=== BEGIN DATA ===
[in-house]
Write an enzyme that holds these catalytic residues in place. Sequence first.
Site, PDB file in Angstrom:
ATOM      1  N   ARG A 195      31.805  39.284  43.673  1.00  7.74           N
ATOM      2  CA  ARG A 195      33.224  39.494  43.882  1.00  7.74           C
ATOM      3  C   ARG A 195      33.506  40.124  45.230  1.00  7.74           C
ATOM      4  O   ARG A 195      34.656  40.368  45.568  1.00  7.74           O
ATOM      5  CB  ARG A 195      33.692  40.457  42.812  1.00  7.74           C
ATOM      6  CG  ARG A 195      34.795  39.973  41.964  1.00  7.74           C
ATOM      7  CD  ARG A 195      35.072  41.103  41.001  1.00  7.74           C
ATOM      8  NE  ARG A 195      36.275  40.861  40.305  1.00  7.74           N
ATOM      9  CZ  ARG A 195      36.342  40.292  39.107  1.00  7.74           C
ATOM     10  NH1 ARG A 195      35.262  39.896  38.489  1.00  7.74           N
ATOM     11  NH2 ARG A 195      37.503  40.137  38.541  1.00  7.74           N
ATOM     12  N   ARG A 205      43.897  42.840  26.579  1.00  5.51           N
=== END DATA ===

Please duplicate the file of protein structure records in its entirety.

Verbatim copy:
[in-house]
Write an enzyme that holds these catalytic residues in place. Sequence first.
Site, PDB file in Angstrom:
ATOM      1  N   ARG A 195      31.805  39.284  43.673  1.00  7.74           N
ATOM      2  CA  ARG A 195      33.224  39.494  43.882  1.00  7.74           C
ATOM      3  C   ARG A 195      33.506  40.124  45.230  1.00  7.74           C
ATOM      4  O   ARG A 195      34.656  40.368  45.568  1.00  7.74           O
ATOM      5  CB  ARG A 195      33.692  40.457  42.812  1.00  7.74           C
ATOM      6  CG  ARG A 195      34.795  39.973  41.964  1.00  7.74           C
ATOM      7  CD  ARG A 195      35.072  41.103  41.001  1.00  7.74           C
ATOM      8  NE  ARG A 195      36.275  40.861  40.305  1.00  7.74           N
ATOM      9  CZ  ARG A 195      36.342  40.292  39.107  1.00  7.74           C
ATOM     10  NH1 ARG A 195      35.262  39.896  38.489  1.00  7.74           N
ATOM     11  NH2 ARG A 195      37.503  40.137  38.541  1.00  7.74           N
ATOM     12  N   ARG A 205      43.897  42.840  26.579  1.00  5.51           N